Anyway to me time is just a buncha numbers. Numbers are just a made up language. 1+1=2 to us because that's what we've learned and that's what makes sense, but what if in another galaxy 1+1 doesn't equal 2? What if we've been wrong all this time?
 

 

Every post here is reinforced with a 'time stamp', so no matter how much we try to skirt the issue of time, the immediate side effects of time are staring back at us.

 

However, I agree time as we perceive it is mostly a construct of the human mind, it may be somewhat true with other dimensions as well though. For instance you mention the relativity of the passing of time on different planets and to further that idea, from my basic understanding, that what we see as 'solid' objects, if we could zoom in to a very precise level of the particles of an object, at some level, the objects would no longer be solid, as the particles of the objects are not touching in a way that they appear to us that make them 'solid', so how do we describe length, width, and height then?

 

Our minds emerged and developed out of a very specific set of conditions on this planet, so we lived that way for many millennia and it wasn't really until the past century that our understanding of time got turned on it's head so to speak.


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#53 penguinsfan13

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Posted August 05 2016 - 09:02 AM

Keep on beating on something, and see how much quicker erosion occurs...has nothing to do with time...to state the obvious.


Erosion was the wrong word. If he said decay...then you can beat on it all you want but the carbon would still decay at the same rate.

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#54 farmerdon

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Posted August 12 2016 - 11:45 PM

 believe time is relative, its how you percieve it. one person who is waiting go to the dentist thinks the clock is moving too fast. the other person waiting to have a party thinks time is too slow.



#55 penguinsfan13

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Posted August 13 2016 - 02:19 AM

thats the perception of time, the actual clock moves the same for both.


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#56 farmerdon

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Posted August 13 2016 - 08:58 AM

you think it would , either built on a decaying atom or a wound up spring , a clock is constant. time is fluid it is still affected by movement. the whole universe is moving. ever wonder why some people age and others don't?. could be perception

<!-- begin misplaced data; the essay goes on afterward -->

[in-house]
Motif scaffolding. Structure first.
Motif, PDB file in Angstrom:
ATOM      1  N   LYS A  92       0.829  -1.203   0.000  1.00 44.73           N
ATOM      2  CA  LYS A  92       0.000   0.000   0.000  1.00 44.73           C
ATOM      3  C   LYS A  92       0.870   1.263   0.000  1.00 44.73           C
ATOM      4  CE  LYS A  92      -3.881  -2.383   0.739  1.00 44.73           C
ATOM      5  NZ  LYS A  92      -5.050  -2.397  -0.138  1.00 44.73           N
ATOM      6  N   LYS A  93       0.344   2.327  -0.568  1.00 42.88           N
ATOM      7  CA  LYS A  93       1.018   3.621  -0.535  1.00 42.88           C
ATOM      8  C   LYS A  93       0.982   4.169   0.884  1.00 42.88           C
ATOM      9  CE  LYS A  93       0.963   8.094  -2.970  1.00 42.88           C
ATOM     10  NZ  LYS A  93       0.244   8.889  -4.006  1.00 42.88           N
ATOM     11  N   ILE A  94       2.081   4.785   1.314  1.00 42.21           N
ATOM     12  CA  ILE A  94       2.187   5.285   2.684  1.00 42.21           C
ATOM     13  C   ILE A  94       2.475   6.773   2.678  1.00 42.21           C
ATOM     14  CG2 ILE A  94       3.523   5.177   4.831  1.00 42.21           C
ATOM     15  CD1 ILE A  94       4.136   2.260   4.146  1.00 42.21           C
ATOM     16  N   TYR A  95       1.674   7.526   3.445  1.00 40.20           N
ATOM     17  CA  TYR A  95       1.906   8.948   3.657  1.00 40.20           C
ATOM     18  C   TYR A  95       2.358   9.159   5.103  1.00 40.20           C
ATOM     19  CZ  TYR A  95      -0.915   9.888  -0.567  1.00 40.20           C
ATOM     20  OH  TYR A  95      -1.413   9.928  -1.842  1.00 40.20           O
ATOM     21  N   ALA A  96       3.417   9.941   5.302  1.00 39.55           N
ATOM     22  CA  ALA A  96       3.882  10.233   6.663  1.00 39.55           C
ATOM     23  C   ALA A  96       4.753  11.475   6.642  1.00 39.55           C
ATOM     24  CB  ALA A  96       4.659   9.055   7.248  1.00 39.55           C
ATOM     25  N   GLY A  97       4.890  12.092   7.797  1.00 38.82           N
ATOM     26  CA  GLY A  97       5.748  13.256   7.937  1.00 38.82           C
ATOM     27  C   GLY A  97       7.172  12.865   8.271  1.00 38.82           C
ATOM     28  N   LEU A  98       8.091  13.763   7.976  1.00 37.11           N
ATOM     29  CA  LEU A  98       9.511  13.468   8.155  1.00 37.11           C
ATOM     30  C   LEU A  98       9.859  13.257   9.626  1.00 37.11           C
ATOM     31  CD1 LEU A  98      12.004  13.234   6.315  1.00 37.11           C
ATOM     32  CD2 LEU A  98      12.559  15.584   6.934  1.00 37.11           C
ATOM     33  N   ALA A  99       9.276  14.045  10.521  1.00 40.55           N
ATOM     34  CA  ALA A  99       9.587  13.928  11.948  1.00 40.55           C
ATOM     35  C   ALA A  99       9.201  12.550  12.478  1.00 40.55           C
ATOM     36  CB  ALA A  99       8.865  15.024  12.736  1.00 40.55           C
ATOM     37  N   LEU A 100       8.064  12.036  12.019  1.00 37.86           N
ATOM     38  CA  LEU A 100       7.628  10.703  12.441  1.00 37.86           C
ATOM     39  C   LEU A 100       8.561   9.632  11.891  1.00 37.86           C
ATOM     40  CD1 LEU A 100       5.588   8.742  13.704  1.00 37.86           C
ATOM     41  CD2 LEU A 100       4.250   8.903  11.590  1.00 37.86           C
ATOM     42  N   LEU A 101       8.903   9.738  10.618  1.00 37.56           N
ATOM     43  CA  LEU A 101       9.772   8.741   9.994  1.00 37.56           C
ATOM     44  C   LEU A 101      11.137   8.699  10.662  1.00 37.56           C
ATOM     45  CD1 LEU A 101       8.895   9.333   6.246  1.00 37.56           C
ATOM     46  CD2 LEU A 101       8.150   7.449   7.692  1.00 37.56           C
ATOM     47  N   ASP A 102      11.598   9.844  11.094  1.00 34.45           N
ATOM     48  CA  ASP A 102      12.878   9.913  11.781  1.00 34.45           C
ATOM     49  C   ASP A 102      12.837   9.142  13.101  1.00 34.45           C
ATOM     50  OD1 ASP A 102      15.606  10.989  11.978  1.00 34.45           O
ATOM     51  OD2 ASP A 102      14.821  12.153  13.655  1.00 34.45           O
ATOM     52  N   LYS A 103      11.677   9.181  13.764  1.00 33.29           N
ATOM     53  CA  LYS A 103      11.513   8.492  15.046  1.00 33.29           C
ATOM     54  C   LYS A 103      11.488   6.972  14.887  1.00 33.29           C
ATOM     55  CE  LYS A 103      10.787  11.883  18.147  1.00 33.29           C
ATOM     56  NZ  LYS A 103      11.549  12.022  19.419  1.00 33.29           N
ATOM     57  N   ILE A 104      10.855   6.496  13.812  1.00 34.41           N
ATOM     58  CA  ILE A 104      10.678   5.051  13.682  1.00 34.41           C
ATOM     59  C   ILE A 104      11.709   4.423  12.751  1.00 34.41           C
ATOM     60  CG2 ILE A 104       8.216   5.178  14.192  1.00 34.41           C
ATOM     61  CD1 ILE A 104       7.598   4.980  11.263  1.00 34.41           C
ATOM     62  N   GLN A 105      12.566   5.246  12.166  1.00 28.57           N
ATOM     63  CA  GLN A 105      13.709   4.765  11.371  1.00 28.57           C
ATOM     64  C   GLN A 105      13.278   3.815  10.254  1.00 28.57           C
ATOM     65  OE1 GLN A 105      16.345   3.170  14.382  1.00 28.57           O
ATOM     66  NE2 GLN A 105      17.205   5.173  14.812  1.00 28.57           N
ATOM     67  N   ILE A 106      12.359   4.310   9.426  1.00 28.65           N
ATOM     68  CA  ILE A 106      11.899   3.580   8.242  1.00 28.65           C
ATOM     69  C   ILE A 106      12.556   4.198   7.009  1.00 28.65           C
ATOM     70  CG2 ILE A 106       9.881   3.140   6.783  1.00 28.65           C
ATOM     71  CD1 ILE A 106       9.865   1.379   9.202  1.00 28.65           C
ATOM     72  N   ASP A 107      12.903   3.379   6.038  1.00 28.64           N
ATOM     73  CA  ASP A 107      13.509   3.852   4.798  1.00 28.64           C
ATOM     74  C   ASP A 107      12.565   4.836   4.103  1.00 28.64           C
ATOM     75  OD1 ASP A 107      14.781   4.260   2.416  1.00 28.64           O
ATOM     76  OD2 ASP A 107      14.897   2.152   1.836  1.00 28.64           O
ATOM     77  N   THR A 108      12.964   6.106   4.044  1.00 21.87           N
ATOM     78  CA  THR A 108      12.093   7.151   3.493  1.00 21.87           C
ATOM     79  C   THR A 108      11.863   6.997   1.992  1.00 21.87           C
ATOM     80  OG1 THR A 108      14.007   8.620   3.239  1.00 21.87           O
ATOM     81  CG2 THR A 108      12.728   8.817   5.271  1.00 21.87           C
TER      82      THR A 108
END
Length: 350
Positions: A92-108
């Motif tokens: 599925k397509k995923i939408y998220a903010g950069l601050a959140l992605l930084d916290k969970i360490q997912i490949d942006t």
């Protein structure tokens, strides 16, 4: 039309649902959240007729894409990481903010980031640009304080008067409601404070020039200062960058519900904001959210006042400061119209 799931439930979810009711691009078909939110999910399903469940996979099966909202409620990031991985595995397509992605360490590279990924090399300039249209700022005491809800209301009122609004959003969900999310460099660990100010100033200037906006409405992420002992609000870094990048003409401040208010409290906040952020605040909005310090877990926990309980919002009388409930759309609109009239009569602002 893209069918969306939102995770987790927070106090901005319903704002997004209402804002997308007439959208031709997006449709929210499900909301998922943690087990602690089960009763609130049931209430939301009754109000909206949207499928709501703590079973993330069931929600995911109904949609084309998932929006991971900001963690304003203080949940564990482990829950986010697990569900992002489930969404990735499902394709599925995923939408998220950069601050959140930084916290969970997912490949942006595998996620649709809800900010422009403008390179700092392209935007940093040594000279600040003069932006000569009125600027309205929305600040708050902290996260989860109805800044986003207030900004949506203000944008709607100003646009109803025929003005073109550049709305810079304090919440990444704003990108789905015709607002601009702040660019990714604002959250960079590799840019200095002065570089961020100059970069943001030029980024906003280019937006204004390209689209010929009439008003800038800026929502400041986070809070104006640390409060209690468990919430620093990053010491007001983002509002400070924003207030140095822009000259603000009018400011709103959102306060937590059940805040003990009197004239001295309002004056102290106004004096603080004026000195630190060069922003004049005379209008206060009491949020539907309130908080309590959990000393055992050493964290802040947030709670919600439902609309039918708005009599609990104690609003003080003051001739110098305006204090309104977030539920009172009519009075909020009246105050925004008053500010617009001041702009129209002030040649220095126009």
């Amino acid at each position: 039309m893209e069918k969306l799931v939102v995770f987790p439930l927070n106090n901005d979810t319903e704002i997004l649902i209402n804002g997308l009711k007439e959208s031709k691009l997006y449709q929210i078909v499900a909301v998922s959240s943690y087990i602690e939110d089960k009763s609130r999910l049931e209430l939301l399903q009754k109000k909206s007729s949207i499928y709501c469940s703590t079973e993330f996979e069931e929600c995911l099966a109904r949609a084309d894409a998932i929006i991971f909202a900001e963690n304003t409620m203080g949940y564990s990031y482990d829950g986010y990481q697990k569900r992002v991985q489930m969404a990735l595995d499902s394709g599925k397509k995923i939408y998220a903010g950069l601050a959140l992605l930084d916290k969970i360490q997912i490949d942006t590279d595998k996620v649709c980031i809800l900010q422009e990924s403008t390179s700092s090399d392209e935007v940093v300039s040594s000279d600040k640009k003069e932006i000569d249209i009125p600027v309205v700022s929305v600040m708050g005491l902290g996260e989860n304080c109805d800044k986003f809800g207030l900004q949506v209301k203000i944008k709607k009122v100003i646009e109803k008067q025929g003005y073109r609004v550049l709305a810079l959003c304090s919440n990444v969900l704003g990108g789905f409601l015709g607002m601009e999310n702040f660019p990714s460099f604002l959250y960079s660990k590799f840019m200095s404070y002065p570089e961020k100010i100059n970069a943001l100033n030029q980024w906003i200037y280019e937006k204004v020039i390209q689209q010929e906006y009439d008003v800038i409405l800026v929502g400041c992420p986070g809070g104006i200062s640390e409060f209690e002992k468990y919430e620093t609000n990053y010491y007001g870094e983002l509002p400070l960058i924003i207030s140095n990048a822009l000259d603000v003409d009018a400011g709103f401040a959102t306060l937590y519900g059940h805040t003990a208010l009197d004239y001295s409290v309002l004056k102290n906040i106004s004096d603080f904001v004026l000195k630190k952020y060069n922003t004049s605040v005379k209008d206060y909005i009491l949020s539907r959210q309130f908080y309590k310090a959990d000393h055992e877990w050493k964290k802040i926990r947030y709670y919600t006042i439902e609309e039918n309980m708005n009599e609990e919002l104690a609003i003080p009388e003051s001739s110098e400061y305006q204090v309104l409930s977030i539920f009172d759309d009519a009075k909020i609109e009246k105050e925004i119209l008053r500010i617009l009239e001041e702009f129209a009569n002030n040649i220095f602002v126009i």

#57 penguinsfan13

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Posted August 13 2016 - 04:17 PM

come again? who dosnt age? name one person who has not aged? just one...of course i mean those that have lived as adults for more than 20 years. now that we have that out of the way...name one.


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#58 farmerdon

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Posted August 13 2016 - 05:33 PM

maybe you took that too literaly. seems to me people who stay stuck to one place and time in their lives age faster. let go the rope go with the current of time



#59 penguinsfan13

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Posted August 13 2016 - 05:45 PM

ok the non literal rope is let go...fun to hear in this pool of individuals who may have or not have existed 


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#60 farmerdon

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Posted August 17 2016 - 04:01 AM

remember those experiments done with two clocks? one left at the station , the other on a long round trip? the other I recall is two lights, along a train track. an operator was holding a mirror configured so you could look right and left at the same time.when the lights were flashed,  there was a difference in the way the flashes were seen. maybe the speed of the train was affecting the rate of time. it might have something to do with the Doppler effect. that's how astronomers tell wether an object is moving toward, or away from the viewer. by the red or blue shift in the light rays.